Living Well with BCHC; Community Supported Agriculture
Ever wondered how to get a constant supply of farm fresh veggies and products without having to do all the work? Well CSAs are for you! CSA or Community Support Agriculture is a great way to create a direct economic and social link between farmers and community members. In short, CSA farmers produce fresh vegetables, meats, dairy, etc. for their local community. Members buy into the farm for the season upfront so the farmer is able to grow and produce the food. In return, the member receives weekly shares of the fresh-from-the-farm produce and the comfort of knowing where and how that food was grown.
Each CSA farm is a little different in what they produce and how they design their shares. CSAs around northeast Iowa range from 20-150 members. The average cost is a few hundred dollars for the entire growing season, which is usually about four months or 16 shares. Typically, each share contains between 5-15 pounds of fresh vegetables or products, and can feed between two to four people. Some farmers are able to offer a fall or winter share if they have the proper equipment, such as a greenhouse or high tunnel, to grow produce later into the growing season. As a bonus, farmers may also offer free educational classes or farm tours to their members throughout the year.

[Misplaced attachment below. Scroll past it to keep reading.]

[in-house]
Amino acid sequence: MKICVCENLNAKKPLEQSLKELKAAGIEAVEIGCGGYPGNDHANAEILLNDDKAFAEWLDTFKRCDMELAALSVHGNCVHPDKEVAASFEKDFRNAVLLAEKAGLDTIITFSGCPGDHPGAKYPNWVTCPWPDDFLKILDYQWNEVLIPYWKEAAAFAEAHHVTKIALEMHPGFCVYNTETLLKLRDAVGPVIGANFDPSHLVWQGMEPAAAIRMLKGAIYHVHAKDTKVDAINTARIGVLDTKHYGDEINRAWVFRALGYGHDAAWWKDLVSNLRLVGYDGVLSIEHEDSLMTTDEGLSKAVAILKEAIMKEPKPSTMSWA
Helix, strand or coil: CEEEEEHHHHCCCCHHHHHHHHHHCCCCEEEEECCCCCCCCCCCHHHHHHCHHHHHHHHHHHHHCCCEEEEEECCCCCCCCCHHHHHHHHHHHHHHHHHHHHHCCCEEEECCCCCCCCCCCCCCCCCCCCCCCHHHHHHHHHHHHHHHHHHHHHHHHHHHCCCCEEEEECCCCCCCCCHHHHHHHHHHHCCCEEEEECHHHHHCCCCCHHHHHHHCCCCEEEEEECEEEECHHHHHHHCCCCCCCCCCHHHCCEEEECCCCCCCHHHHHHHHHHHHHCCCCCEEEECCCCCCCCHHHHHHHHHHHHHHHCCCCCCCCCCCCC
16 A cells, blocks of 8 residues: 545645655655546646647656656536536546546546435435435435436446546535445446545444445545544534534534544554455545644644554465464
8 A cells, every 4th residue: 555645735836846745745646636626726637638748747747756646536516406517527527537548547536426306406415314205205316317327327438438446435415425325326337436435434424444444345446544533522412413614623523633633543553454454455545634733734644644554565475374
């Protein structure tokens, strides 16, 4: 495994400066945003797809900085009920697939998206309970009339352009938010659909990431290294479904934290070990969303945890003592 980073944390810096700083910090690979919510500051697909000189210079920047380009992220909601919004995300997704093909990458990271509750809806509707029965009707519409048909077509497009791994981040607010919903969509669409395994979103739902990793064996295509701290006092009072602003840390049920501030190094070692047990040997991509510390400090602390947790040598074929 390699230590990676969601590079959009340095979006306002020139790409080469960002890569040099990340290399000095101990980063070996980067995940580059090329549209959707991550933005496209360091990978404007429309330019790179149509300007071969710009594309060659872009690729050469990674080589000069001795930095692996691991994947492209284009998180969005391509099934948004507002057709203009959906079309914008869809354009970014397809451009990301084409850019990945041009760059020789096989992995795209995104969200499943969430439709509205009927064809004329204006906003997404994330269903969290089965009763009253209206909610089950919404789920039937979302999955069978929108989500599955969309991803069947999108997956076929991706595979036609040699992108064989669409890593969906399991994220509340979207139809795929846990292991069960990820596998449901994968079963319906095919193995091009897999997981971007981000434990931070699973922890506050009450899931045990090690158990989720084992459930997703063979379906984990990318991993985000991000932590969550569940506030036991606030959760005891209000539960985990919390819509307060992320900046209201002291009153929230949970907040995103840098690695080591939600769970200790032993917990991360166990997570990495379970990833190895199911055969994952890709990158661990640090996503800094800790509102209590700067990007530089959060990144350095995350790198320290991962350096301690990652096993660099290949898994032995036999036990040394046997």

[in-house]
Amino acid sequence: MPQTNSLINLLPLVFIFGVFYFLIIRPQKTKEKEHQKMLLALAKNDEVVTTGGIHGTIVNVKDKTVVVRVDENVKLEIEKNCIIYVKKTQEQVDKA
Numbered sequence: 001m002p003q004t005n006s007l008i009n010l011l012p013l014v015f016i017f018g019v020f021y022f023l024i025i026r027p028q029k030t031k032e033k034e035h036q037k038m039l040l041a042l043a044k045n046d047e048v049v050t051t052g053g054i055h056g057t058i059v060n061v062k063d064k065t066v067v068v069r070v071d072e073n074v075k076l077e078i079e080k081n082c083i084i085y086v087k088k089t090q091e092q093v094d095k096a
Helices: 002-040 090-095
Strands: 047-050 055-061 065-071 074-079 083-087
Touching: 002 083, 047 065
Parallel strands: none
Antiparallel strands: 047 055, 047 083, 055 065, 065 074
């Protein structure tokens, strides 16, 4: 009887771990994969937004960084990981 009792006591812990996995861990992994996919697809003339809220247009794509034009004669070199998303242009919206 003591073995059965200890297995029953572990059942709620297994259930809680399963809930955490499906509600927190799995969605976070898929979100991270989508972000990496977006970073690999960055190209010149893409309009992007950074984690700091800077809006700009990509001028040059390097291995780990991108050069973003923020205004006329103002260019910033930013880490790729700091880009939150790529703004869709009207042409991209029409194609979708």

If you are looking for a way to better connect with your community, support the local economy, or eat more vegetables, consider becoming a CSA member this summer. Look for a CSA near you using ISU Extension and Outreach’s CSA Directory: http://www.extension.iastate.edu/localfoods/iowa-csa-directory/ Want to learn more about CSAs? Check out the publication by ISU Extension and Outreach: https://store.extension.iastate.edu/Product/5234.
For more information contact Sarah Kielly, Local Foods Coordinator at Buchanan County ISU Extension and Outreach, 319-334-7161 or email@example.com.